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MAC seminar
 

MAC seminar

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seminar on introduction to MAC protocols

seminar on introduction to MAC protocols

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    MAC seminar MAC seminar Presentation Transcript

    • Comparison of MAC protocols in wired systems and wireless systems Mridula Sharma 19.07.2010 Comparison of MAC protocols in wired systems and wireless systems
    • Outline
      • Introduction
      • Multiple Access Protocols
      • Wired Network
      • Wireless Networks
      • Conclusion
      • References
      Comparison of MAC protocols in wired systems and wireless systems
    • Introduction
      • Large class of networks is built on top of broadcast channels
      • Problem : if you’re sharing a channel, then two stations may decide to start frame transmission at the same time
        • Frame collision , which means rubbish on the wire
      • Solution : Allocate the channel to one of the competing stations
      • Allocation can be of two types:
        • Static: FDM and TDM
        • Dynamic
      Comparison of MAC protocols in wired systems and wireless systems
        • Protocol to determine who goes next on a multi-access channel belongs to the
        • Medium Access Control (MAC) sublayer
          • Especially important for LANs
          • Provides addressing and channel access control mechanisms
    • Introduction Comparison of MAC protocols in wired systems and wireless systems
    • Introduction Functions of MAC layer Comparison of MAC protocols in wired systems and wireless systems
      • On transmission, assemble data into a frame with address and error detection fields
      • On reception, disassemble frame, and perform address recognition and error detection
      • Govern access to a LAN transmission medium
    • Multiple Access Protocols
      • ALOHA
      • Carrier Sense Multiple Access (CSMA) Protocols
      • Collision Free Protocols
      • Limited Contention Protocols
      • Wavelength Division Multiple Access Protocols
      • Wireless LAN Protocols
      Comparison of MAC protocols in wired systems and wireless systems
    • ALOHA
      • Radio-based communication network
        • Developed in 1970s at the University of Hawaii
        • Applicable to any system with competing uncoordinated users
      • Two versions
        • Pure ALOHA
        • Slotted ALOHA
      Comparison of MAC protocols in wired systems and wireless systems
    • Pure ALOHA
      • Let users transmit whenever they have data to be sent !!!
      • If a collision occurs, finish your current transmission and retry later
      • Performance is maximized if all frames have the same size
      • Random waiting time required else collisions occur
      Comparison of MAC protocols in wired systems and wireless systems Fig. : Frames transmitted at completely random intervals
    • Pure ALOHA- Efficiency
      • Probability that k frames are generated during a given frame time with G attempts per packet time:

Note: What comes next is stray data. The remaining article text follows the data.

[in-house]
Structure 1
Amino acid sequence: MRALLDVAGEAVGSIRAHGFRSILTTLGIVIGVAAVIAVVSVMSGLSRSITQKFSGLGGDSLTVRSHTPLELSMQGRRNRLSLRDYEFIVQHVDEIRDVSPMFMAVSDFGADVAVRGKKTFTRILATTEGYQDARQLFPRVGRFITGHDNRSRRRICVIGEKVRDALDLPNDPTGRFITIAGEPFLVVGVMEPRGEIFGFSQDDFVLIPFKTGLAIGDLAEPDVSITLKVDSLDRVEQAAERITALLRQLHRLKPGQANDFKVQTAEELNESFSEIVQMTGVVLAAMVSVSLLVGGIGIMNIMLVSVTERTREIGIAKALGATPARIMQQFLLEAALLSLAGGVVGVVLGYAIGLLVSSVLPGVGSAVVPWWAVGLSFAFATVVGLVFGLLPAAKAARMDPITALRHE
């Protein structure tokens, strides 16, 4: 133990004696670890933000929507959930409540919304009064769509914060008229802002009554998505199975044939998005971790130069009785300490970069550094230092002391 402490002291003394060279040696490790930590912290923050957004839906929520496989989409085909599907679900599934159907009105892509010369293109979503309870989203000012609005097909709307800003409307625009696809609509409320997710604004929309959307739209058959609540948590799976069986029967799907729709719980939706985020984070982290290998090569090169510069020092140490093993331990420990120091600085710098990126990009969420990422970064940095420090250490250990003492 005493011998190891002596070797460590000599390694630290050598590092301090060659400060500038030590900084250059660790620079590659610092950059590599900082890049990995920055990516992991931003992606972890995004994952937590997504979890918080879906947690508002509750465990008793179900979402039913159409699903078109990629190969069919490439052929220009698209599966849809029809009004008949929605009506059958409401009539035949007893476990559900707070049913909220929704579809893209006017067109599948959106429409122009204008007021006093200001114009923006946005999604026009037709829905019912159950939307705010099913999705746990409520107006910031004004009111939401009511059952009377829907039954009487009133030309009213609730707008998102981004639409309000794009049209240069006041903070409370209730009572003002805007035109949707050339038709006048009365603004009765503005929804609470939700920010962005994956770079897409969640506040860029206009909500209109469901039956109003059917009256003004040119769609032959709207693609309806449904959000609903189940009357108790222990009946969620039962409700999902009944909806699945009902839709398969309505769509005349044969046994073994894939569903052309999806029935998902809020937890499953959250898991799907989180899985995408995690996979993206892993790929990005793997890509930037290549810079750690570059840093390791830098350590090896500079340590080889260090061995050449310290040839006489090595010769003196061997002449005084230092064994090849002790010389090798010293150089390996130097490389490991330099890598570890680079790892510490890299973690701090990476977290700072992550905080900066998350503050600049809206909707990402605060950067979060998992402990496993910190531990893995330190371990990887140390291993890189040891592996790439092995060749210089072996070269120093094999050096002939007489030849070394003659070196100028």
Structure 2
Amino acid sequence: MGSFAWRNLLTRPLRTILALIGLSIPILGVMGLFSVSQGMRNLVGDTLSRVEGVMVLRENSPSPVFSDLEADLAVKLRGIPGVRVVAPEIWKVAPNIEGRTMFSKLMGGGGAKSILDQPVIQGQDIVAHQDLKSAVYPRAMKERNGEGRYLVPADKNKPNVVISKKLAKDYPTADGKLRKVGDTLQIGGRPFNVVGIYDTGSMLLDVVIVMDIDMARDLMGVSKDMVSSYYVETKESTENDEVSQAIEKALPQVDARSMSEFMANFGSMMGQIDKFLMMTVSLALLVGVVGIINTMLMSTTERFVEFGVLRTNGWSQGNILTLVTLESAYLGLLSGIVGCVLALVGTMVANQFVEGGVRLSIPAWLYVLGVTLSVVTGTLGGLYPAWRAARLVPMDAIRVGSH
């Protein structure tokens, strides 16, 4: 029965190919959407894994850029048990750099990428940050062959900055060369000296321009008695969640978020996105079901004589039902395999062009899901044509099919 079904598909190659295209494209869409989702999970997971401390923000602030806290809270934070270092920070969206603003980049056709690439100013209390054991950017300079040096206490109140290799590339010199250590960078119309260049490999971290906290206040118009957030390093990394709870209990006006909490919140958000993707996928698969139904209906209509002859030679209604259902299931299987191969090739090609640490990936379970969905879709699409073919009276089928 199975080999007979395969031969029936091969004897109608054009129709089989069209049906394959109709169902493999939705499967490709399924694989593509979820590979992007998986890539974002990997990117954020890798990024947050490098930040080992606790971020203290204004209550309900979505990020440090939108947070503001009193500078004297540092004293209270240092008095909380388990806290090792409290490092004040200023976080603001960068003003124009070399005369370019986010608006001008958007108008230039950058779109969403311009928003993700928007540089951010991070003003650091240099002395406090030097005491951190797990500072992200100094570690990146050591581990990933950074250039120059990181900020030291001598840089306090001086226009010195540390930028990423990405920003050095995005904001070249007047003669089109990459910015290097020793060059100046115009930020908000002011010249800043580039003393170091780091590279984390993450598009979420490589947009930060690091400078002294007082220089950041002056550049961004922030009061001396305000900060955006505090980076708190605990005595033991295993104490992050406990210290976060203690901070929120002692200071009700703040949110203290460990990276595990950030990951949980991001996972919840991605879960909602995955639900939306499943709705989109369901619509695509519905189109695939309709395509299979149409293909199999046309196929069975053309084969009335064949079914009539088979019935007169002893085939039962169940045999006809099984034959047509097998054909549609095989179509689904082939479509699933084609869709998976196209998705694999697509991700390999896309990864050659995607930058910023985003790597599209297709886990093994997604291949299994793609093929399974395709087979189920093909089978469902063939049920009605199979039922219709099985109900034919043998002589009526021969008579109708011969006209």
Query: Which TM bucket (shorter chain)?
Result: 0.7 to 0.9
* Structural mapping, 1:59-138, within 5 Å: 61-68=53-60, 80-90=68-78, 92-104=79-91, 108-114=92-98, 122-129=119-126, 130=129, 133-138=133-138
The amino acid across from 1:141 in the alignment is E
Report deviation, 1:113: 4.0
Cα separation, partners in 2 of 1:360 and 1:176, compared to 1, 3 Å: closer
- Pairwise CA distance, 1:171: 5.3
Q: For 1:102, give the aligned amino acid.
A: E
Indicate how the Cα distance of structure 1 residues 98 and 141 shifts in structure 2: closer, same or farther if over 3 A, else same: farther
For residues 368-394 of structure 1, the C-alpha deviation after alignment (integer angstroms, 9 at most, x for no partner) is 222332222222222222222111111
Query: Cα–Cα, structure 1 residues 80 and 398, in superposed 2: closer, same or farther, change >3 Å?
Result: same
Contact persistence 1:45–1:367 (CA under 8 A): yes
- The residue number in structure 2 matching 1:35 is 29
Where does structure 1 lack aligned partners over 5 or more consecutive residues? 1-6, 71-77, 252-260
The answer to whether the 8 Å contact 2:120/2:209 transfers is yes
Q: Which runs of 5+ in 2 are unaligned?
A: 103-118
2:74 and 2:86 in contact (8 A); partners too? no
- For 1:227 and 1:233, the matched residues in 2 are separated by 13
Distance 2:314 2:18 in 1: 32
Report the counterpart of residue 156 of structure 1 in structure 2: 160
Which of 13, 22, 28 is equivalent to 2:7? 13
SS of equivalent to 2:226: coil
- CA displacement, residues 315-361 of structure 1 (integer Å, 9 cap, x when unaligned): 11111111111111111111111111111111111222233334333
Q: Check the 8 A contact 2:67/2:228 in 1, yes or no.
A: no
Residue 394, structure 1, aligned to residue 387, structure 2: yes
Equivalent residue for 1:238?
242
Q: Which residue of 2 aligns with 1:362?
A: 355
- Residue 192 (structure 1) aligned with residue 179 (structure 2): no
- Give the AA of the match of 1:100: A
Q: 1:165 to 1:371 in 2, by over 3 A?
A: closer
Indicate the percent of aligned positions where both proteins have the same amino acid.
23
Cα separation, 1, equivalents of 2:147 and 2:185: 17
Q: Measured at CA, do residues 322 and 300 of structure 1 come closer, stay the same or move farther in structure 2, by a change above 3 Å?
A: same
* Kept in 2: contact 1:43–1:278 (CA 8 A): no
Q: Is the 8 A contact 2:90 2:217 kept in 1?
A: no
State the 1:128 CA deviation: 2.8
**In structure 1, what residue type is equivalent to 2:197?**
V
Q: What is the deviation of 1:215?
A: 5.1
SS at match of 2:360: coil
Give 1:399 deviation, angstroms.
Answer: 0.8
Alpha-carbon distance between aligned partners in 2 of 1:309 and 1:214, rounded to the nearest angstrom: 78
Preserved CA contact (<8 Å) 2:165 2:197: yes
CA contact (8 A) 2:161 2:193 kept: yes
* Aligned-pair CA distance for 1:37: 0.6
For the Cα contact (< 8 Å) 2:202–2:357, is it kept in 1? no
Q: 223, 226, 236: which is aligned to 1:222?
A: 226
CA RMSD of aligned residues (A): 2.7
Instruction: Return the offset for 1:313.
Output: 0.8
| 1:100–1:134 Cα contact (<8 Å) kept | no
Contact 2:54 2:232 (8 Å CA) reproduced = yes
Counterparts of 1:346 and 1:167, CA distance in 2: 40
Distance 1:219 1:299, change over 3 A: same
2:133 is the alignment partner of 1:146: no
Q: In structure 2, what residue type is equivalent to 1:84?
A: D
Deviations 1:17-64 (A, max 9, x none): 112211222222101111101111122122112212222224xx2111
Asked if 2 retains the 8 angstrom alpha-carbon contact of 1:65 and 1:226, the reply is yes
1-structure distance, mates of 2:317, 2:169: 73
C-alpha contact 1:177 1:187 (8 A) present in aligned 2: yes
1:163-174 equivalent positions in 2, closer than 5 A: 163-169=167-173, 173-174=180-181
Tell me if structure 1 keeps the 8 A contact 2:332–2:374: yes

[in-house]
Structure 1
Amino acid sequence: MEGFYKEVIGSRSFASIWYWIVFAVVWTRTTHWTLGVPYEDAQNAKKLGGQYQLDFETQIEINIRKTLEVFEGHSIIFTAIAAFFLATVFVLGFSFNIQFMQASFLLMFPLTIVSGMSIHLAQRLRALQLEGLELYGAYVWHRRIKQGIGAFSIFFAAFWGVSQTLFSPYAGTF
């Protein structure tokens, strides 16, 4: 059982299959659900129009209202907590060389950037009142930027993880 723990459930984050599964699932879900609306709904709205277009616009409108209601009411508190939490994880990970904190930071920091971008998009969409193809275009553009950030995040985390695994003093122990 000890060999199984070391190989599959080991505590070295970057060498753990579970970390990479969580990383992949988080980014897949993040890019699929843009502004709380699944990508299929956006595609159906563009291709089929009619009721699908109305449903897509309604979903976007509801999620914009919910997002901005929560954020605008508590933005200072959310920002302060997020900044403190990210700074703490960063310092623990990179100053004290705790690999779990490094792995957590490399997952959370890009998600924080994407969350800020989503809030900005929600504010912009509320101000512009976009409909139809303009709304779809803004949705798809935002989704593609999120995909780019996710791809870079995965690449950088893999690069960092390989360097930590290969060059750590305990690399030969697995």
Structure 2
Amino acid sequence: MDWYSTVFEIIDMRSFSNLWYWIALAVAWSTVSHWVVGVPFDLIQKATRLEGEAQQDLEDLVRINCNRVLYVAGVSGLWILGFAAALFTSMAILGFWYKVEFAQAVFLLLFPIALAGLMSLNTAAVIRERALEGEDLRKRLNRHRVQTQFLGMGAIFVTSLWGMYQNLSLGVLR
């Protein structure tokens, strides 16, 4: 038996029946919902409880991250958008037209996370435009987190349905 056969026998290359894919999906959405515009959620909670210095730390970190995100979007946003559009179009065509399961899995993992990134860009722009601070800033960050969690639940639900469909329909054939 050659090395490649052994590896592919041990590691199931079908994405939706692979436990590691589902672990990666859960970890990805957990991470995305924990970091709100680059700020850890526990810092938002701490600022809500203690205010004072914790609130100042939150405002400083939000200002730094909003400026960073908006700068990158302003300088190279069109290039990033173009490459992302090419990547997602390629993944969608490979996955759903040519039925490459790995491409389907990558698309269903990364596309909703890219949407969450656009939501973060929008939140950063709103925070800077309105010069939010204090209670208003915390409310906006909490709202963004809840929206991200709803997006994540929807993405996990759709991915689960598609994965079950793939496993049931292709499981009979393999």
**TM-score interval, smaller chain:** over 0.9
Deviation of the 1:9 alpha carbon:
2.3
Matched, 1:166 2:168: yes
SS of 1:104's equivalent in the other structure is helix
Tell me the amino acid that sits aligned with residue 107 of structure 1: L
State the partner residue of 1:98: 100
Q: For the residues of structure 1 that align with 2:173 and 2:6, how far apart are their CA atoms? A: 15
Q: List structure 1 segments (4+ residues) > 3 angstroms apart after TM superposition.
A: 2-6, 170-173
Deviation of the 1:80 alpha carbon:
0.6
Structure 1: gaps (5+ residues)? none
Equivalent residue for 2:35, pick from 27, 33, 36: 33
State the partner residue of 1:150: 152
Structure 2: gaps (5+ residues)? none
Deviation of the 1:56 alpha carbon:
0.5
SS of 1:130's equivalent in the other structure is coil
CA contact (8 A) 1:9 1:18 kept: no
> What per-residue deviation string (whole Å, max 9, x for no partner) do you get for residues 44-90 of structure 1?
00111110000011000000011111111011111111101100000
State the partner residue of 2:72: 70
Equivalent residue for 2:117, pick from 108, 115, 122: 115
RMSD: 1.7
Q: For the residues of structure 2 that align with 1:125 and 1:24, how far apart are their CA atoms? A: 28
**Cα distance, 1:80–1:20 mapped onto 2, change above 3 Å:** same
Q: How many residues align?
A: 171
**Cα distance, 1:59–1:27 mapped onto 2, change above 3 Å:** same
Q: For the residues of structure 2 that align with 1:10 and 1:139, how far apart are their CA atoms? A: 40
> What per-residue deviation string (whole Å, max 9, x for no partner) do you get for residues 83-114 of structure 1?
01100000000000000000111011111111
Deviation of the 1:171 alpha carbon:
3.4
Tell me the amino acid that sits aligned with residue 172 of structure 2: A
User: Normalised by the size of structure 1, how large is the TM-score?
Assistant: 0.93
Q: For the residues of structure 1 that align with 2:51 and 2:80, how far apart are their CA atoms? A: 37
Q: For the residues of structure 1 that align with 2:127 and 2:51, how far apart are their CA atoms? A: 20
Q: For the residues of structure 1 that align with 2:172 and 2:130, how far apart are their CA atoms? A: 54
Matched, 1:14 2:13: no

• Let P0 be the probability that frame does not suffer from collision
        • Throughput , S= G.P0
      • V ulnerable period = 2Tframe
      • Probability that a frame will not be damaged during two frame times
      • long is:
      Comparison of MAC protocols in wired systems and wireless systems
    • Slotted ALOHA Comparison of MAC protocols in wired systems and wireless systems
      • Fr ame transmission can only start at fixed times
      • Since the vulnerable period is now halved,
      Fig. : Throughput versus offered traffic for ALOHA systems
    • Carrier Sense Multiple Access (CSMA) Comparison of MAC protocols in wired systems and wireless systems
      • CSMA protocols do better than ALOHA : you monitor the channel
      • before and/or during transmission
      • 1-persistent
      • Nonpersistent
      • p-Persistent
      • .
    • Comparison of MAC protocols in wired systems and wireless systems Fig. : Comparison of channel utilization versus load for various random access protocols
    • CSMA with Collision Detection (CSMA/CD) Comparison of MAC protocols in wired systems and wireless systems
      • Sense the channel, but immediately stop transmission when you detect a collision
      • Saves Channel Bandwidth and time
      • Ethernet works like this!!!
      Fig. : CSMA/CD can be in one of the three states: Contention, Transmission or Idle .
    • Collision Free Protocols Comparison of MAC protocols in wired systems and wireless systems
      • Bit-Map protocol
      • Binary Countdown Protocol
    • Limited Contention Protocols Comparison of MAC protocols in wired systems and wireless systems
      • Contention systems are good when there’s not much going on
      • Collision-free systems are good when there’s generally a lot of traffic
      • What we really want is the contention strategy during light loads , and
      • collision-free strategy during rush hours !!!
      • Solution: Limited Contention Protocols
      • Dynamically regulate the number of competing stations during a contention period.
      • If there’s not much traffic, the first station will be immediately
      • allowed to transmit a frame.
      • With a lot of traffic, the strategy reduces to the bit-map protocol.